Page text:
New slate of bills would reform emergency manager law, and require more water tests
Legislators in Lansing are introducing a series of bipartisan bills that would change the state’s emergency manager laws and require more testing for lead in drinking water.
One bill (SB 395) would require water tests at “vulnerable population centers” such as child care facilities, nursing homes and hospitals.
"Michigan is defined by its water, both literally and figuratively," said the bill's sponsor, state Sen. Kim LaSata, R-Bainbridge Township, in a statement. "With this plan, we are going above and beyond to help prevent another Flint water crisis and to ensure contamination is identified and remedied quicker than ever before."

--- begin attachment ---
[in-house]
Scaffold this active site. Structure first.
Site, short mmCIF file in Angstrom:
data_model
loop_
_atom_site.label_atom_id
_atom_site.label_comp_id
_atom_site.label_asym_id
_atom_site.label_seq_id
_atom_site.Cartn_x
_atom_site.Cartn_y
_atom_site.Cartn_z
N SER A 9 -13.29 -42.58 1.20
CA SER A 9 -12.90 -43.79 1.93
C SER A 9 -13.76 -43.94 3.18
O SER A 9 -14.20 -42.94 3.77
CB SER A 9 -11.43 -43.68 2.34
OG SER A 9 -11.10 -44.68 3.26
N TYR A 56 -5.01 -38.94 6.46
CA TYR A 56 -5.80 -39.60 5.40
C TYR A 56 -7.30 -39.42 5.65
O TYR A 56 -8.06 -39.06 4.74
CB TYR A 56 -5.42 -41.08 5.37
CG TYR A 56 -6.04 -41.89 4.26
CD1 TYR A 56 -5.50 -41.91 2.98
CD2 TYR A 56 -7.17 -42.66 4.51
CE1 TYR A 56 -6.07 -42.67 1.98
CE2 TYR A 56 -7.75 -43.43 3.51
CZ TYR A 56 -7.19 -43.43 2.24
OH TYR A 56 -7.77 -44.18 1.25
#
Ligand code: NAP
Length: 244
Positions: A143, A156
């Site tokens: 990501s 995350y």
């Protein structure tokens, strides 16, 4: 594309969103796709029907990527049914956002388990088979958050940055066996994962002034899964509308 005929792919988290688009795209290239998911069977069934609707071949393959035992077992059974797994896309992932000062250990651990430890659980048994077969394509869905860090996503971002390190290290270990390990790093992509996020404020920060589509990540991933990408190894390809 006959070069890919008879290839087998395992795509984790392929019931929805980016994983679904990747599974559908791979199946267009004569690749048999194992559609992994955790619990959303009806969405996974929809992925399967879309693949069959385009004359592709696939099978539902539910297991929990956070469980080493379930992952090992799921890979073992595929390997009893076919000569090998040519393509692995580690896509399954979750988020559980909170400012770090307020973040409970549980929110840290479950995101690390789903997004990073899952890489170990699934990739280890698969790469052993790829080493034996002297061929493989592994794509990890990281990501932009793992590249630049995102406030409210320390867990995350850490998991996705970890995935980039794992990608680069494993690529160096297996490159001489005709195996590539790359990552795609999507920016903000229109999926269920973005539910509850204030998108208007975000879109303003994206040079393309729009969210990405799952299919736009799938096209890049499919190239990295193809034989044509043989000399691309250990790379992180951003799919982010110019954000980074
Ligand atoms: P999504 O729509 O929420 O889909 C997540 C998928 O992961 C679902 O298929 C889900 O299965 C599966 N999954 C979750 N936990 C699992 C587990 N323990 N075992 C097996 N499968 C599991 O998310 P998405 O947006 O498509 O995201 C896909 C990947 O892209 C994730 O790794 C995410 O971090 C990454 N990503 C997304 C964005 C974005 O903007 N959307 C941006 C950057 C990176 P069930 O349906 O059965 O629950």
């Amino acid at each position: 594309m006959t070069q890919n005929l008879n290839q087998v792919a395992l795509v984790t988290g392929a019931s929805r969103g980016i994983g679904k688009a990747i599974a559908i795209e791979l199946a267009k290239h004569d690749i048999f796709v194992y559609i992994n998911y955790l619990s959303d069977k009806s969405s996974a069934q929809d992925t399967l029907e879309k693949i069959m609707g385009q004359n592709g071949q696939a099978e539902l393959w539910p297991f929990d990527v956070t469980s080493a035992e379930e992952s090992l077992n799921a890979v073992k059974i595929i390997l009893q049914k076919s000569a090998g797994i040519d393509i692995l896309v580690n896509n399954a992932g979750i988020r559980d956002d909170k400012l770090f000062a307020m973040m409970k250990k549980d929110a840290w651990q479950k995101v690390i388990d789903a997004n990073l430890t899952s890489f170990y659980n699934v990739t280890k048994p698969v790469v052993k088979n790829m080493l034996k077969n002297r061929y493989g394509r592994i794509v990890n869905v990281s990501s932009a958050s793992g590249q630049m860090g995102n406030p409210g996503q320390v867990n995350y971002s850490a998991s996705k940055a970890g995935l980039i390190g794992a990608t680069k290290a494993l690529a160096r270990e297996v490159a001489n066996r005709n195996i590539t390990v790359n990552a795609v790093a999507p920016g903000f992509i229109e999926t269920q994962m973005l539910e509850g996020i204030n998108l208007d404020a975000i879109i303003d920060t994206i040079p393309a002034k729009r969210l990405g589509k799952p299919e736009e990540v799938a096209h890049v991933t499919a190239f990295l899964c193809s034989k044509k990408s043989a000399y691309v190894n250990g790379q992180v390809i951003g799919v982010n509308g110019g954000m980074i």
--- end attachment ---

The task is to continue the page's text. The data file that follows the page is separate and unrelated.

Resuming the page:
Legislators introduced similar bills in 2016, though those bills never passed through the committee stage.
Other bills introduced in recent weeks would allow for the state to create a three-member panel “financial management team” instead of an emergency manager (HB 4751, 4752). It also would prohibit either an emergency manager or a team from changing water supplies based solely on costs.
The changes were among the recommendations of a legislative committeeon the Flint water crisis in 2016.
The full package of bills also contain some measures that would affect the state auditor general. You can read the bills by following the links below.
Allow for appointment of "financial management teams" rather than emergency managers:
Bills addressing state auditor general:
Bills to require more water testing:
Establish new Childhood Lead Poisoning Prevention and Control Commission:
Require notification of existing lead service lines:
Establish PFAS action response team:
Appropriate funds to test for PFAS contamination: